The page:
82. Inhibition of smad3 phosphorylation by halofuginone prevents muscle fibrosis and improves muscle performance in muscle dystrophies

Halevy, Orna (The Hebrew University of Jerusalem, Rehovot, Israel); Turgeman, Tidhar (Institute of Animal Sciences, the Volcani Center, Bet Dagan, Israel); Hagai, Yosei (The Hebrew University of Jerusalem, Rehovot, Israel); Huebner, Kyla (University of Manitoba, Winnipeg, Manitoba, Canada); Jassal, Davinder S (St. Boniface General Hospital, Winnipeg, Manitoba, Canada); Anderson, Judy E (University of Manitoba, Winnipeg, Manitoba, Canada); Pines, Mark (Institute of Animal Sciences, the Volcani Center, Bet Dagan, Israel)

Fibrosis is a characteristic feature of the muscle in patients with DMD and CMD, leading to cardiorespiratory failure and delayed motor development respectively. In the present study, we evaluated the efficacy of Halofuginone (Halo), an anti-fibrotic compound, in reducing muscle fibrosis in mdx and Dy2J/Dy2J mice, animal models of DMD and CMD, respectively. Halo prevented the age-dependent increase in collagen synthesis in the diaphragm of young mdx mice and the exacerbation of fibrosis and myopathy in mdx mice treated with cyclosporine A. A similar effect was observed in the gastrocnemius and tibial cranialis of Dy2J/Dy2J mice. The mitigation of diaphragm fibrosis in mdx mice was associated with a decrease in the number of central myonuclei, suggesting a reduction or a delay in the progression of muscle damage and regeneration. Moreover, enhanced motor coordination and balance, and a major improvement in cardiac muscle function were observed. Phosphorylation of S mad2/3, a key signaling molecule downstream to TGF-beta and myostatin, was inhibited by Halo in vivo and in cultures of C2 cell line and of primary mouse myoblasts derived from the mdx and Dy2J/Dy2J mice. This inhibition was partially due to Smad2/3 association with phosphorylated Akt. Since the inhibition of TGF-beta-dependent fibrosis by Halo results in a major improvement in muscle performance, Halo has strong potential as a novel anti-fibrotic drug for muscular dystrophies.

83. Hematopoietic cell transplantation provides an immune tolerant platform for myoblast transplantation in dystrophic dogs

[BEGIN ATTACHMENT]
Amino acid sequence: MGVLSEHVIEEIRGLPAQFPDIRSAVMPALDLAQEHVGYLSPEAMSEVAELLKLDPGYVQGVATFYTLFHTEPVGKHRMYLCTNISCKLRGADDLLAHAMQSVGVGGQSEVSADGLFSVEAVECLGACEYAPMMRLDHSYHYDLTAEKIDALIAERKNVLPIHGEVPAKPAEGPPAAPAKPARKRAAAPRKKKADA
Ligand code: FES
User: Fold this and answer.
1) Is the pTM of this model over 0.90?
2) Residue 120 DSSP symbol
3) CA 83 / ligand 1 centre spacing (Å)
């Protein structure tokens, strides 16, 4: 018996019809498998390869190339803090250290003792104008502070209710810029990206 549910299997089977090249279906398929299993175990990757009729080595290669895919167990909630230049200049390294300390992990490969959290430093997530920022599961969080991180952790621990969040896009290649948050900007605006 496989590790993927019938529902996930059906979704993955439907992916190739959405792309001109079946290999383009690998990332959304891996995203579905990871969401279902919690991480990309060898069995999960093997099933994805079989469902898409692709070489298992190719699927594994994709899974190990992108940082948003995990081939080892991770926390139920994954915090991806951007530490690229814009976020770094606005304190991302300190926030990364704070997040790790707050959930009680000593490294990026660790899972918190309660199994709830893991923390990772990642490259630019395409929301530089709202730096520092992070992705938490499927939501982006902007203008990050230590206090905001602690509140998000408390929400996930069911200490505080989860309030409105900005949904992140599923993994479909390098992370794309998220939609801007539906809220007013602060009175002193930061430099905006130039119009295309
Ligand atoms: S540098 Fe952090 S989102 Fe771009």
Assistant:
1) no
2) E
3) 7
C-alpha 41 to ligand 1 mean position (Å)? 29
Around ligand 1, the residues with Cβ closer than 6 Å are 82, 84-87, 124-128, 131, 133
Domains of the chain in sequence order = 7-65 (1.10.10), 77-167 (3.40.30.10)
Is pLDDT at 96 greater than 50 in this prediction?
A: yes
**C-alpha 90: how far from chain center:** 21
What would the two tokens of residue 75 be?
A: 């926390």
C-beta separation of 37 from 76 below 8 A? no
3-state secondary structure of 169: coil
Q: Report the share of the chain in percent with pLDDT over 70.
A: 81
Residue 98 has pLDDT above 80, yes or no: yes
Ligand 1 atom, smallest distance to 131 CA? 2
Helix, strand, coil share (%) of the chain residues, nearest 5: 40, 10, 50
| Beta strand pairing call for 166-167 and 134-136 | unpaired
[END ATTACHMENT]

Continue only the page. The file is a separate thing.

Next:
Parker, Maura H (Clinical Research Division, Fred Hutchinson Cancer Research Center, Seattle, WA); Kuhr, Christian (Clinical Research Division, Fred Hutchinson Cancer Research Center, Seattle, WA); Tapscott, Stephen J (Human Biology Division, Fred Hutchinson Cancer Research Center, Seattle, WA); Storb, Rainer (Clinical Research Division, Fred Hutchinson Cancer Research Center, Seattle, WA)

Duchenne Muscular Dystrophy (DMD) is the most common and severe form of muscular dystrophy in humans. The goal of myogenic stem cell transplant therapy for DMD is to increase dystrophin expression in existing muscle fibers and provide a source of stem cells for future muscle generation. Although syngeneic myogenic stem cell transplants have been successful in mice, allogeneic transplants of myogenic stem cells were ineffective in several human trials. To determine whether allogeneic muscle progenitor cells can be successfully transplanted in an immune tolerant recipient, we induced immune tolerance in two DMD affected (xmd) dogs through hematopoietic cell transplantation (HCT). Injection of freshly isolated muscle-derived cells from the HCT donor into either fully or partially chimeric xmd recipients restored dystrophin expression up to 6.72% of wild-type levels, reduced the number of centrally located nuclei, and improved muscle structure. Dystrophin expression w as maintained for at least 24 weeks. Taken together, these data indicate that immune tolerance to donor myoblasts provides an important platform from which to further improve myoblast transplantation, with the goal of restoring dystrophin expression to patients with DMD.